- archiving lost, stolen, damaged, or deteriorating works;
- making copies for library patrons; and,
- making copies for other libraries’ patrons (interlibrary loan).
Library staff may duplicate a published work to replace a copy that is damaged, deteriorating, lost or stolen, provided that after a reasonable effort the library has determined that a replacement cannot be obtained at a fair price. An unpublished work may also be duplicated for purposes of preservation or security or for deposit for research use in another library.
For works in the last twenty years of protection and not available at a reasonable price, more generous copying than indicated below may be performed, provided the purpose of the copying is to support preservation, scholarship, or research.
Generally, library staff may make single copies for reserve and faculty members’ classroom use. Faculty copy requests may not exceed one copy per student, and may not be repeated with respect to the same item by the same instructor from term to term without obtaining permission from the copyright holder and/or paying copyright royalties.
The library may acquire up to five copies of an article from a journal published within the last five years within a calendar year. If a request exceeds the five copies permitted, the library will pay copyright royalties to the Copyright Clearance Center for subsequent requests.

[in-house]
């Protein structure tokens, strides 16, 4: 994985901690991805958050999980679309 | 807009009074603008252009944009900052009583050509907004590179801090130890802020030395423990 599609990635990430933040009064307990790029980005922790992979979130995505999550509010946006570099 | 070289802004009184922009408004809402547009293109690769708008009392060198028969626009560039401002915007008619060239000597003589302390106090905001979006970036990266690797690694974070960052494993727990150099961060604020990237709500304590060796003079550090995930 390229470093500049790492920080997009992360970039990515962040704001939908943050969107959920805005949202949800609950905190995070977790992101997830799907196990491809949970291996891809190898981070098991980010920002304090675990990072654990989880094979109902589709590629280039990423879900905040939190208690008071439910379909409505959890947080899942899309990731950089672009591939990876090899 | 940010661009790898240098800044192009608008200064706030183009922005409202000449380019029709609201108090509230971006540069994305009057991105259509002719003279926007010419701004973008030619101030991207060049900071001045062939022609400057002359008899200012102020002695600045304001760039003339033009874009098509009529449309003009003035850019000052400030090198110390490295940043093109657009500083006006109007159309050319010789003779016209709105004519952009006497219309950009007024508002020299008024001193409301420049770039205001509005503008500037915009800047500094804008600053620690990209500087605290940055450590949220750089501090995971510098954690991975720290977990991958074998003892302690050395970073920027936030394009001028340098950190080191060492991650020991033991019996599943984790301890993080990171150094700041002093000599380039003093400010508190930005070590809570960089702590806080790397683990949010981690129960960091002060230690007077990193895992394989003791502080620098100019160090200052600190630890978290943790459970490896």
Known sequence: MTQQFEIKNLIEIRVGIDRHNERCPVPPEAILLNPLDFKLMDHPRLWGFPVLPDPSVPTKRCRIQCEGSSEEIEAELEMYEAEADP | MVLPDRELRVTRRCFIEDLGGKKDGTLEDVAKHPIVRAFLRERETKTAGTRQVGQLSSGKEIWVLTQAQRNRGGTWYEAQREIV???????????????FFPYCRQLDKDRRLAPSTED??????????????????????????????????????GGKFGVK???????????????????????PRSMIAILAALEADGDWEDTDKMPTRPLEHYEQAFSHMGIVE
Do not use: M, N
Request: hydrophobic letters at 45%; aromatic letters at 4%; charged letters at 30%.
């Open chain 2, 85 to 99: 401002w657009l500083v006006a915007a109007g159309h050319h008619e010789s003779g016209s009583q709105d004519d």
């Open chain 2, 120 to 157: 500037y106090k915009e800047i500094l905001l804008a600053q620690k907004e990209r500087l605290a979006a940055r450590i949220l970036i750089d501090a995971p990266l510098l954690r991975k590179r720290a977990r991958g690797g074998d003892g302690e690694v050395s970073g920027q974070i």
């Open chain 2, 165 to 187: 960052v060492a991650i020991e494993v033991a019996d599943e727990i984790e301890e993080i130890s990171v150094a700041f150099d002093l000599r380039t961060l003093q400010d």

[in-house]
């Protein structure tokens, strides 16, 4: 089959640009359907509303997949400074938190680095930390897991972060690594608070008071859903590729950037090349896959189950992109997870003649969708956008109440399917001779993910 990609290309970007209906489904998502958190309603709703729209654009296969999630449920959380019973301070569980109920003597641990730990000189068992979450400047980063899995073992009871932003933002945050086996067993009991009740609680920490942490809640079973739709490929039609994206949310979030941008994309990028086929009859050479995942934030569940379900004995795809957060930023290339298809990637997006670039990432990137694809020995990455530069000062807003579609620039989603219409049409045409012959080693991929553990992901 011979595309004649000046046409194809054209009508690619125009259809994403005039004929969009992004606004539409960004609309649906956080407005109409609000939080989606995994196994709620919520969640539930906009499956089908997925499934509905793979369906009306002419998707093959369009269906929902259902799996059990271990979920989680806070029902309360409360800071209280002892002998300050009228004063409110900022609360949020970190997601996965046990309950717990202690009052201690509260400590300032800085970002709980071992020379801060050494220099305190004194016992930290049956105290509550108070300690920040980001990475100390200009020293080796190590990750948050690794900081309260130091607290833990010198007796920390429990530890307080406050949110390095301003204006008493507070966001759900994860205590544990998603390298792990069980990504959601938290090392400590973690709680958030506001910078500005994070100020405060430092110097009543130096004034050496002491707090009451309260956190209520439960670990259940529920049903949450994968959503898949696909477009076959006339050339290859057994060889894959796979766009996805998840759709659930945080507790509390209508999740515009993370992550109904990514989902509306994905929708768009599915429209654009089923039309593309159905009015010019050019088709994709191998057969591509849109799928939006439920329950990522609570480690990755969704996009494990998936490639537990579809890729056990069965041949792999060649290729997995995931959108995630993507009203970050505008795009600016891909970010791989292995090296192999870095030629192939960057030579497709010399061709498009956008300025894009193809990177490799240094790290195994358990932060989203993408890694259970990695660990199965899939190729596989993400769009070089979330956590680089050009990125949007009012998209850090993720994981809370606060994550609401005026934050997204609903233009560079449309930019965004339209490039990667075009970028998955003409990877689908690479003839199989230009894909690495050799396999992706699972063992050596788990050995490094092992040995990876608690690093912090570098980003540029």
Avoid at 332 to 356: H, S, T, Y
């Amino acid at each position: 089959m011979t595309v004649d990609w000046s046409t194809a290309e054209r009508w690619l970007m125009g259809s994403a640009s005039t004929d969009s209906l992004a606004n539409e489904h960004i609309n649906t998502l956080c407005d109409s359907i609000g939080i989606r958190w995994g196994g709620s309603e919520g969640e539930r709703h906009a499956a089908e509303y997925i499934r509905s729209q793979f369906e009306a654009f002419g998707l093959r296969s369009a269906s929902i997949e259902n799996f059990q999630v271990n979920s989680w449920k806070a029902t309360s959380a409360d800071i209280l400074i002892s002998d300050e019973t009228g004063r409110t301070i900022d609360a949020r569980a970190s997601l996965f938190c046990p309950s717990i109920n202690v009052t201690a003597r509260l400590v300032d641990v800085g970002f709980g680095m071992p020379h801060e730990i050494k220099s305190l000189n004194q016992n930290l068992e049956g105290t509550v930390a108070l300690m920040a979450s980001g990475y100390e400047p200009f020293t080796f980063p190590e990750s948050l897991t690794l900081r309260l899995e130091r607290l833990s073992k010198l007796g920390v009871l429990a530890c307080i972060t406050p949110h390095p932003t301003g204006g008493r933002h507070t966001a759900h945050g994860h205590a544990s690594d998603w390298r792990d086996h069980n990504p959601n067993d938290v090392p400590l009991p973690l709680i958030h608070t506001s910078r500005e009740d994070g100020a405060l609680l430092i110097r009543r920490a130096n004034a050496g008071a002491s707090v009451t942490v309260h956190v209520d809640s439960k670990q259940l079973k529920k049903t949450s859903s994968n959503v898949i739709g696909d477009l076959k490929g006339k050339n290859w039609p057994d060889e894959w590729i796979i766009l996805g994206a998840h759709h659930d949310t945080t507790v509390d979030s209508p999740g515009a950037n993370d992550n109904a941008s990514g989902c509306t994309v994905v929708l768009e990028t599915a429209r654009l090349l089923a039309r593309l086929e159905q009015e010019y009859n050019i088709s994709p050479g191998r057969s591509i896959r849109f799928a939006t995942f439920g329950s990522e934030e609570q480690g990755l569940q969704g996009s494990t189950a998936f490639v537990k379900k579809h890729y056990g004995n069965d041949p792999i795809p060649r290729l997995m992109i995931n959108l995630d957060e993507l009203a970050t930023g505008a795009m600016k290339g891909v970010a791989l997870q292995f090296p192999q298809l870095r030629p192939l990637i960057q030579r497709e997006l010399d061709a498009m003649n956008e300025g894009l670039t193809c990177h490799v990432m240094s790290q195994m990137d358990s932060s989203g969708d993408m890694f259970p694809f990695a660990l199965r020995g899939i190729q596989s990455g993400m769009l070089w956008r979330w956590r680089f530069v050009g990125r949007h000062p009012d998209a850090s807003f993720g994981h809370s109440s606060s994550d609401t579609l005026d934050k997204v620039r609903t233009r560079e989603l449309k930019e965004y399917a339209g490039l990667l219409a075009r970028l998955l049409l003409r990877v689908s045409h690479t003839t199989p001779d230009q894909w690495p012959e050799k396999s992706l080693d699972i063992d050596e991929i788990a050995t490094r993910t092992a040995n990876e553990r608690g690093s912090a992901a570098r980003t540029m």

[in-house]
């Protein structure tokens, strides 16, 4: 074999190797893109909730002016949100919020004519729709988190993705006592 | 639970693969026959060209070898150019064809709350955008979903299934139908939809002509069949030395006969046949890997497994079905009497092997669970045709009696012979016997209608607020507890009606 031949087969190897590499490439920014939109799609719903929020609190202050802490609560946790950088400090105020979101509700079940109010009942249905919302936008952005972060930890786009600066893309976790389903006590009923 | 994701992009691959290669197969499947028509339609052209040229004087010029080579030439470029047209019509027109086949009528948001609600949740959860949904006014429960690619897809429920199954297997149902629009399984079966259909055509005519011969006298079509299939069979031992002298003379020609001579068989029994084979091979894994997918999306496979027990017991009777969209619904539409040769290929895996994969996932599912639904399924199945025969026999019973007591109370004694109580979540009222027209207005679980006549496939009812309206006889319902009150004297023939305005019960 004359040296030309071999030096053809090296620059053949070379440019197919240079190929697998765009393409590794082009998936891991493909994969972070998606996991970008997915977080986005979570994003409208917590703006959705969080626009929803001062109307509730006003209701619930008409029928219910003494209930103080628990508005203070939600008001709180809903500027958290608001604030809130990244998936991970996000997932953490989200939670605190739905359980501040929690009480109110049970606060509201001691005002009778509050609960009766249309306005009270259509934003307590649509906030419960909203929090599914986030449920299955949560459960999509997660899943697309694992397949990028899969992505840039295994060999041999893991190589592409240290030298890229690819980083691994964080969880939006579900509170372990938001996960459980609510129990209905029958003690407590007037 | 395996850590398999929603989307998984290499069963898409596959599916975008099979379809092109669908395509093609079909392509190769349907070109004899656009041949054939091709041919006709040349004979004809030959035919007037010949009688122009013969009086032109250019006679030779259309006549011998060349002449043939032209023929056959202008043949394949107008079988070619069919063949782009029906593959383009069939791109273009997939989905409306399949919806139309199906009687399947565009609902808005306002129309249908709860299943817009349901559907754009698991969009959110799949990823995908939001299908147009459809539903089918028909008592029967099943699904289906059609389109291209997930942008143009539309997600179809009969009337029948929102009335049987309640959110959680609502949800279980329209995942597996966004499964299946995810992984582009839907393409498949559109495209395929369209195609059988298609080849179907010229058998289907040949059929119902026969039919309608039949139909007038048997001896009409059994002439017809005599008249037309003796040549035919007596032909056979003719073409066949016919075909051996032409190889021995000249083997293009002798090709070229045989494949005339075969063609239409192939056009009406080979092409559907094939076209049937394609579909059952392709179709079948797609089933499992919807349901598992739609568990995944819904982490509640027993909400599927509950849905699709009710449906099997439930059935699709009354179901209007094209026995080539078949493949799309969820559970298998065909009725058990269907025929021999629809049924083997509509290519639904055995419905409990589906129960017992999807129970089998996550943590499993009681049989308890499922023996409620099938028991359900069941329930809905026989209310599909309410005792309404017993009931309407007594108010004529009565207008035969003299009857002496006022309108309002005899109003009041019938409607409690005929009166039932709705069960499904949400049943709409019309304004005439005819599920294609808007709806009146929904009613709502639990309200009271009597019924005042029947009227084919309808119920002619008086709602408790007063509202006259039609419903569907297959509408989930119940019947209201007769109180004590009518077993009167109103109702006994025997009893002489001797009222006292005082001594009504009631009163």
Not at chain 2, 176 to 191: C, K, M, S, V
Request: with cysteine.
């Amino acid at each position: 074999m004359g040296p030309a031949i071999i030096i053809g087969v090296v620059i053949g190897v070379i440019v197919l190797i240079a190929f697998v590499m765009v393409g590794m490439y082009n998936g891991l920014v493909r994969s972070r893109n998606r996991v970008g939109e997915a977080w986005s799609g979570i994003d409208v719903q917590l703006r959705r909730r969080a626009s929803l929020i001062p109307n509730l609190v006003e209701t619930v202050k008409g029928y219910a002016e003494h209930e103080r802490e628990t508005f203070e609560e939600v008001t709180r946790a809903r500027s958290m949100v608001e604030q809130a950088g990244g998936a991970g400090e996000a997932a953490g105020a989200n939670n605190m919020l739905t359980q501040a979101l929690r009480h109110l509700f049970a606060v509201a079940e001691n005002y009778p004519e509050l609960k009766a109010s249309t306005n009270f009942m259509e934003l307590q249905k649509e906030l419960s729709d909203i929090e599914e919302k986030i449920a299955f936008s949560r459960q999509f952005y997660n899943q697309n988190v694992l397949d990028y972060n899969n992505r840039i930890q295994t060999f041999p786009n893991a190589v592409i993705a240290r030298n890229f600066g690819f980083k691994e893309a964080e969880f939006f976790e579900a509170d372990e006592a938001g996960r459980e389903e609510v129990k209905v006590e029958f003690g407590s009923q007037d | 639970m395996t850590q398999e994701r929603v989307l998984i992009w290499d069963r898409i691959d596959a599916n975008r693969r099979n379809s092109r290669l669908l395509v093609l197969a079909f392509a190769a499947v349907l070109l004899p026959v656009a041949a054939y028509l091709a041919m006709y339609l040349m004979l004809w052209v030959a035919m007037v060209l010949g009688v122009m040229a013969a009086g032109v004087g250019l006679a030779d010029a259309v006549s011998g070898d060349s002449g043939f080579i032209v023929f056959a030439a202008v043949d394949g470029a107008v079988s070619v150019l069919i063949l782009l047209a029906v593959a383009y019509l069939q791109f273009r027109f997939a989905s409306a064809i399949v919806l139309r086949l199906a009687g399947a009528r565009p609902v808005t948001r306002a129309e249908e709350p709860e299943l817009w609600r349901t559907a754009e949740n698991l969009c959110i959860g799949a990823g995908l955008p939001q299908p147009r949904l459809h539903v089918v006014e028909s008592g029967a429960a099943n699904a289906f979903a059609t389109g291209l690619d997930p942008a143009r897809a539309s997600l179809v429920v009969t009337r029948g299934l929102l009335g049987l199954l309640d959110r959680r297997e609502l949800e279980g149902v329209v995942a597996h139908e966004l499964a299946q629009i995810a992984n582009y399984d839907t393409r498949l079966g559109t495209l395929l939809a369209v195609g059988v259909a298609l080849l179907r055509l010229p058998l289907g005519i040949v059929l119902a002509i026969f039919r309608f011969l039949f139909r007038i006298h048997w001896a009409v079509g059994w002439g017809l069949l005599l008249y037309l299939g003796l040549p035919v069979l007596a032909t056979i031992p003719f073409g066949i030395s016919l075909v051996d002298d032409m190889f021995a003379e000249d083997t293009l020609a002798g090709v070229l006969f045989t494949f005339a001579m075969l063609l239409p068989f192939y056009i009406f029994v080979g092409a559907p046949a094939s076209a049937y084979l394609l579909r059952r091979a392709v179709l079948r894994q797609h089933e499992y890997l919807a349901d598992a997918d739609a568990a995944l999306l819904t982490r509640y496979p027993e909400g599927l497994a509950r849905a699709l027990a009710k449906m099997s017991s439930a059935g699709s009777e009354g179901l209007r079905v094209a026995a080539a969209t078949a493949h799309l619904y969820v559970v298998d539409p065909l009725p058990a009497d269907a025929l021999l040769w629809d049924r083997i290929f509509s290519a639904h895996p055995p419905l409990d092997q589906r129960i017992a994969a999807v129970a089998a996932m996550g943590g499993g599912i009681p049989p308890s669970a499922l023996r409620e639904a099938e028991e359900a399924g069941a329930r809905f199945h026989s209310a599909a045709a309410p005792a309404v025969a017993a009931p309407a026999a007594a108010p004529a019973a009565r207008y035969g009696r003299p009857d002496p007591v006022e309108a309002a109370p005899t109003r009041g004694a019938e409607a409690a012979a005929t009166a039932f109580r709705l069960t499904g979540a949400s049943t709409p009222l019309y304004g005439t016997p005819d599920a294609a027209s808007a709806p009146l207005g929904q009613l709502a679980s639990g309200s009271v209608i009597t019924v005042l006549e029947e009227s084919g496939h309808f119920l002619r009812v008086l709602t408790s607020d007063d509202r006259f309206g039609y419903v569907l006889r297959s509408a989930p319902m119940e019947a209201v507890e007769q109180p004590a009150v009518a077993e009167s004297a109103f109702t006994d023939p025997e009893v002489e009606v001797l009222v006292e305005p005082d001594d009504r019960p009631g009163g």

When digitizing others’ works in electronic reserves, library staff will limit reserve materials to:
- single articles or chapters; several charts, graphs or illustrations; or other small parts of a work;
- a small portion of materials required for the course; or,
- copies of materials a faculty member or the library already possesses legally (i.e., by purchase, license, fair use, interlibrary loan, etc.).
Instructors seeking to use materials repeatedly for the same class must obtain appropriate permission. Electronic reserve systems should be structured to limit access to students registered in the course for which the materials have been placed on reserve, and to instructors and staff responsible for the course or the electronic system.
- Coursepack Guidelines
The General Fair Use Guidelines are applicable to coursepacks. The faculty/staff member who compiles coursepack materials shall be responsible for complying with these guidelines. Using a commercial copy shop does not necessarily relieve the coursepack creator of liability, unless the above guidelines are followed or the copy shop pays appropriate royalties. Campus copy centers are not permitted to copy coursepacks, unless these guidelines are followed. See also university policy A-22.1, Instructor-generated Materials.
Only explicitly stated freeware, not shareware or other licensed software, is allowed to be freely used without a license. Appropriate licenses must be obtained for all other software use. The software user is responsible for reading and complying with all license agreements. Other university computer use policies shall also apply.
Guidelines for Music